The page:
In June of 2012, I was privileged to join my sister on the trip of a life time: nearly a month traversing the Canning Stock Route (CSR) in Western Australia. In order for you to grasp what an awesome opportunity it was, allow me to tell you a little bit about the Canning Stock Route. As the name suggests, it was a cattle route created in the early 1900's to service the beef industry in Western Australia. Spanning 1,150 miles, it is the longest historic stock route in the world. After the last cattle drive in 1959, the route slowly began to gain popularity as a challenging four-wheeling adventure route. At the time of this trip my sister was living in Australia to be near her Aussie boyfriend, Linden, (now my brother-in-law) and he and some mates had apparently been planning a trip on the CSR for some time. Bri (my sister) decided to invite me to come along, for which I am eternally grateful. After I landed in Perth we had only a few days to prepare for our epic adventure. Bri and Linden had recently purchased a 4x4 Pajero with the trip in mind. It was into this that we packed camping gear, food, spare tires and axle, tools, and jerry cans of fuel and water. There are a number of wells along the route but some are fairly far apart and we were uncertain as to whether they were still in working order, so having plenty of our own water was imperative. As for fuel, we would be going through very few towns and so besides carrying extra gas, the boys had made arrangements for fuel drums to be dropped by helicopter along the way for us to re-stock. The night before the trip we met up with a friend of Linden's, (he goes by "Gerzy") who was to be our final travel companion and tent mate for the remainder of the trip. He quickly dubbed us The Four Musketeers. Our final group count was six vehicles, which included a very brave couple with a small baby. Justin and I are determined to be that kind of couple when we have kids - still out having amazing adventures. The next day we hit the road.
We drove from Perth to Wiluna, which is the start of the CSR if you're doing it in a south to north direction. As the CSR is a single track with a lot of dunes and hilly terrain, we attached a long poled flag to the bull bar of each vehicle to increase visibility when cresting hills, with the hope of avoiding a head on collision with vehicles coming down the track the opposite way. We also tuned into the radio frequency that we'd been told was for use on the CSR, to hopefully hear chatter from other approaching vehicles. However, despite the CSR's increasing popularity we only saw a handful of other vehicles the whole time. I'd like to say that I kept careful notes and can tell you our daily mileage and where we set up camp each night. However, I had not been involved in planning the trip and didn't know I'd write a blog at the time, so none of those details got recorded or stuck with me. Instead I'll describe the trip in a more general sense and include lots of pictures, because the scenery was truly spectacular. The track was extremely rough from the get go, with repairs needing to be made to some of the cars on the first day. After a long day we reached the first well and set up camp. And that was the pattern for the rest of the trip. Full days of picking our way through rocks, deep sand, dunes, washes, and dried out lake beds, before finally reaching a well or just deciding we were done for the day. We'd make camp and Bri and I would cook for the boys. She did an awesome job of planning out food. She even baked a cake in a cast iron pot in the coals of our communal bonfire. That pretty much elevated her to legendary status in our camp. The next day we'd pack up and do it all again.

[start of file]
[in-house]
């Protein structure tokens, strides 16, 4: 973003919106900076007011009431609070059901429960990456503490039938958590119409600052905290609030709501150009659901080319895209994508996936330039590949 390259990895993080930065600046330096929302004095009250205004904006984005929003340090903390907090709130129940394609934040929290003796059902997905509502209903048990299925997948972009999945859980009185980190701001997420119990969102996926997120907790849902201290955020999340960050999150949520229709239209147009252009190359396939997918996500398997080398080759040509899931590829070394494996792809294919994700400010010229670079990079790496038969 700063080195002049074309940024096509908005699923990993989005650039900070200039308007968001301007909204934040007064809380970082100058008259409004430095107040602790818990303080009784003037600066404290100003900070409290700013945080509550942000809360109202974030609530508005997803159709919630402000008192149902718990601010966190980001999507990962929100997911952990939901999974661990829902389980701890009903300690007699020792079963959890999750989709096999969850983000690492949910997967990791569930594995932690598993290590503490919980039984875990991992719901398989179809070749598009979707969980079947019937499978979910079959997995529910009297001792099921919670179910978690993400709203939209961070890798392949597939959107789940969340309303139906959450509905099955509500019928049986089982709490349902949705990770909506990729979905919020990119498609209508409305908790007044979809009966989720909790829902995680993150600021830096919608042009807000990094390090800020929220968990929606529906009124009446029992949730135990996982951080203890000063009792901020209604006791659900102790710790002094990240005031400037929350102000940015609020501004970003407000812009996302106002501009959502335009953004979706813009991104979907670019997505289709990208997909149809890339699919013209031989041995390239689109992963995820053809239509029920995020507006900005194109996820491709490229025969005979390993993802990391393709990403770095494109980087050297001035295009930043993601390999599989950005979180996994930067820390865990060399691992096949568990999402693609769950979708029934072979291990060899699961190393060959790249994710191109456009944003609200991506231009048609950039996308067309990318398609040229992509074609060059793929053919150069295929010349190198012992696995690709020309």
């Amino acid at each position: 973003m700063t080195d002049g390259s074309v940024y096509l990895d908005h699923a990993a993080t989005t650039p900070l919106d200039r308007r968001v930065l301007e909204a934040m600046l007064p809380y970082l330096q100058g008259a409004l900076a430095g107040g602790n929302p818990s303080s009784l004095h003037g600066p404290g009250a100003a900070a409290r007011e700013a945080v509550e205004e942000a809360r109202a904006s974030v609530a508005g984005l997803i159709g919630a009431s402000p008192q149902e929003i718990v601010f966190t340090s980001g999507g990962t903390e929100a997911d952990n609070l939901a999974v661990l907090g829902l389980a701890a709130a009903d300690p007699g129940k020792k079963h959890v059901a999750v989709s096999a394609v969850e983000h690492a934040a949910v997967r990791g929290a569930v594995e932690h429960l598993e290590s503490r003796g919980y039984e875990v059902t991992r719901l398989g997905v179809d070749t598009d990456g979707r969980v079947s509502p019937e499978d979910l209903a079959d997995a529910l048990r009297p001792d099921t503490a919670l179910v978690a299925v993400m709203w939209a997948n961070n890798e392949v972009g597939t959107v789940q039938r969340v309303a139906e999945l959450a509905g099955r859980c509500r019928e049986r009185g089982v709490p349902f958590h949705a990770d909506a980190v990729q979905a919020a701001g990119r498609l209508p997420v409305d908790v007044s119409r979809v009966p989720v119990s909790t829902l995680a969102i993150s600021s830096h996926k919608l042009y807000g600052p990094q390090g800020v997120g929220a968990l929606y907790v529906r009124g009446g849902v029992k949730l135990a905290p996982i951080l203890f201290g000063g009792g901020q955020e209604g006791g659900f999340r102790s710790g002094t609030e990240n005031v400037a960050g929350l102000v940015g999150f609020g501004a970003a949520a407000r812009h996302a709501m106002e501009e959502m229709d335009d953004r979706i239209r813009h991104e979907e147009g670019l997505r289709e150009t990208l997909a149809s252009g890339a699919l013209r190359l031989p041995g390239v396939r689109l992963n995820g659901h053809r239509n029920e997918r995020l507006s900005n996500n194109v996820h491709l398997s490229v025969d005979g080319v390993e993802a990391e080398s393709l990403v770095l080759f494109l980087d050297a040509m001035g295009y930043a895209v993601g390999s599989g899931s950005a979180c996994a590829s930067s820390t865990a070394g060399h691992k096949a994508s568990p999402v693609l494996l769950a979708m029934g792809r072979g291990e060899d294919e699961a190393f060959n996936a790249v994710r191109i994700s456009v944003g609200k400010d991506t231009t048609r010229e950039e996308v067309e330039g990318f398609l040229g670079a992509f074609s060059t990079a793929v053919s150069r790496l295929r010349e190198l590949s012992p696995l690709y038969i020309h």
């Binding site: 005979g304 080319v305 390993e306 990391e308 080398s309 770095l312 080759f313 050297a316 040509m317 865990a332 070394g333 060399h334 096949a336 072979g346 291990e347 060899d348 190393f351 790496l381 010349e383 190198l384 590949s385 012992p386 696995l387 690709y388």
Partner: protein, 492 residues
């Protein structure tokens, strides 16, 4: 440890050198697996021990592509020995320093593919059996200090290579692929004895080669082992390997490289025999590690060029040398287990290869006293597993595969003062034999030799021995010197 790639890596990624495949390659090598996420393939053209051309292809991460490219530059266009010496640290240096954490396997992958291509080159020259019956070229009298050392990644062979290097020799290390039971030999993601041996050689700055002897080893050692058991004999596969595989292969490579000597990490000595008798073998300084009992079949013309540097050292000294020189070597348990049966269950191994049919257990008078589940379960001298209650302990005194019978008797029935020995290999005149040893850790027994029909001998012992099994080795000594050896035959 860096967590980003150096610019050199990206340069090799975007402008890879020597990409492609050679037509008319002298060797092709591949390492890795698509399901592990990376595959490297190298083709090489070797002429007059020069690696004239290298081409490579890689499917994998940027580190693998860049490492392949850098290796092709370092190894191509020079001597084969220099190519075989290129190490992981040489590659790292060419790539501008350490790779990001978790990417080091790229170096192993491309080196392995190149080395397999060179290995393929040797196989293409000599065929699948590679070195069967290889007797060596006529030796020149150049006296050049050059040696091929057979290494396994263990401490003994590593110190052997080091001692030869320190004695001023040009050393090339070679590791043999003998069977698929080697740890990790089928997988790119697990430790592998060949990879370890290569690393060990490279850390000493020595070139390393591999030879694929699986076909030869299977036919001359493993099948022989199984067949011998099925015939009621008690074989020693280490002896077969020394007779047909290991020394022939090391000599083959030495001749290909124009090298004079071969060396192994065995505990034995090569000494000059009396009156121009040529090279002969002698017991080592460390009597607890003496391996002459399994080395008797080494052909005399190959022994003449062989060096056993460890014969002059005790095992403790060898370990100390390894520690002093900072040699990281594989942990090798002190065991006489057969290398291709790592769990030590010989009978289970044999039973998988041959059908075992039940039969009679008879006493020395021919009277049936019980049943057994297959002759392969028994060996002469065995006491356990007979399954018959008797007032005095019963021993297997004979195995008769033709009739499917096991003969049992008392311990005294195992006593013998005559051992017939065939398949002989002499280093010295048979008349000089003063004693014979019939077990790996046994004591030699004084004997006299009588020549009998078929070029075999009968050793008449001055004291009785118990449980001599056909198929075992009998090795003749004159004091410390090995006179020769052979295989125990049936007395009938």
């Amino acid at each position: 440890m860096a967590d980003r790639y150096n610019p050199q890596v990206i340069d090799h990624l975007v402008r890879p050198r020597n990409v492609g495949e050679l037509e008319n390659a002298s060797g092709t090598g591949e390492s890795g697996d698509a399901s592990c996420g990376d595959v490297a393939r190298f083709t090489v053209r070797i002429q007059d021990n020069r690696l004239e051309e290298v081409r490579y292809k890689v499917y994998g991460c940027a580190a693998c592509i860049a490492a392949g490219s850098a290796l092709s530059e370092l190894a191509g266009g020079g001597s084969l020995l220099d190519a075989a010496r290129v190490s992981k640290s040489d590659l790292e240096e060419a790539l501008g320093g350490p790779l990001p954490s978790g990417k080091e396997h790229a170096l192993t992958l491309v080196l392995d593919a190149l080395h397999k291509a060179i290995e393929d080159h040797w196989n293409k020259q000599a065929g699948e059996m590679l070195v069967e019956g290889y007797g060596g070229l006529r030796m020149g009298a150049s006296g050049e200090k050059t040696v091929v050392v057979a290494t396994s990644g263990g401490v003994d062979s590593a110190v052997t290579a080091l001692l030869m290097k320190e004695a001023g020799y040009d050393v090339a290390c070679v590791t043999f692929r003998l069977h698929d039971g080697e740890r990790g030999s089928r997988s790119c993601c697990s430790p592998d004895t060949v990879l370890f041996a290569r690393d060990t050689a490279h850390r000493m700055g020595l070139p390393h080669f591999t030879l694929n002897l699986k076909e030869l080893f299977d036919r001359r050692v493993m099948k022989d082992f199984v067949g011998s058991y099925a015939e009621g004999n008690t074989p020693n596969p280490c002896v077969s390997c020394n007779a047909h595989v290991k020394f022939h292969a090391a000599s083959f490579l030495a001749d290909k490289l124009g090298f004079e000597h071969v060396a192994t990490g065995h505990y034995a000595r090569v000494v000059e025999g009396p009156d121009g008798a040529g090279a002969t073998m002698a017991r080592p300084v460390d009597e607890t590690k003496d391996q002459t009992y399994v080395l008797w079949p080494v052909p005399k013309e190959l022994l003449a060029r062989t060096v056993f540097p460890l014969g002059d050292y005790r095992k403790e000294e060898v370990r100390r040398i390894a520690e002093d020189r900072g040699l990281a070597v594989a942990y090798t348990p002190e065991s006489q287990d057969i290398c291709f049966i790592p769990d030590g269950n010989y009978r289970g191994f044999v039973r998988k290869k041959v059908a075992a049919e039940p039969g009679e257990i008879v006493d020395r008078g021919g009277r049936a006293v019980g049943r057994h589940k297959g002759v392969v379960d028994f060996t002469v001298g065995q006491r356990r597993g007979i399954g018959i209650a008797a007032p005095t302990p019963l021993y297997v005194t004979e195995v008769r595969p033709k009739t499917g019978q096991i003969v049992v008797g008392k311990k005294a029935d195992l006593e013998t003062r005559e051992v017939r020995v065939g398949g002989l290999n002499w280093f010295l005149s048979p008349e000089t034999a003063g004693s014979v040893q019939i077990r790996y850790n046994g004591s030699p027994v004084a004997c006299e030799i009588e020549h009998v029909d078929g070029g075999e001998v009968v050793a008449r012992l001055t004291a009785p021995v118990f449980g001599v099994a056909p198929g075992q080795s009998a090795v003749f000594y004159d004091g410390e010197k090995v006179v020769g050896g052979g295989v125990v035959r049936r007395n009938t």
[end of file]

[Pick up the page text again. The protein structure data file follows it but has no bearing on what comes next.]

Being June in the Southern Hemisphere meant it was winter, and deserts are famous for being scorching in the summer and down right cold in the winter. This was no exception. While not cold enough for snow, like some deserts, temps dropped into the low 40s at night which felt plenty chilly to me. I quite enjoyed my zero degree sleeping bag, and Bri and I were wusses and boiled water for hot water bottles each night. Things were cozy in our tent with Bri, Linden, and myself sleeping widthwise across the top while Gerzy slept lengthwise at our feet. I'd brought my Therm-a-Rest to sleep on and I'm into hard core adventures, so I'm a bit ashamed to say that after a week I ended up sleeping with Bri and Linden on their cushy air mattress. Even worse, I kept doing it for the rest of the trip! Poor Linden. I guess that was his first taste of what a crazy sister-in-law I was going to be.
One day we came to an enormous salt flat and Bri and I got out and tasted some. Another day we went over such rough terrain that the brackets on our roof rack snapped, and it catapulted off the car with all of our things, including Bri's guitar. That was the first and only time I've heard Linden swear. Sometimes we had to stop and let some air out of the tires to prevent ourselves from getting stuck in the sand, it was so deep. There were numerous flat tires. It was rough but it was liberating, and wild, and wonderful. At night we'd make a huge communal bonfire and just sit around for hours chatting. Never much of a runner, I took it up during the second week. I'd help get everything packed up and then would start out running down the track ahead of the group. I would just run until they caught up to me. Sometimes it would only take a couple of kilometers. Sometimes I'd run five or six before I'd hear them coming in the distance. Running through the wild terrain in absolute silence and complete solitude is almost a sacred memory for me.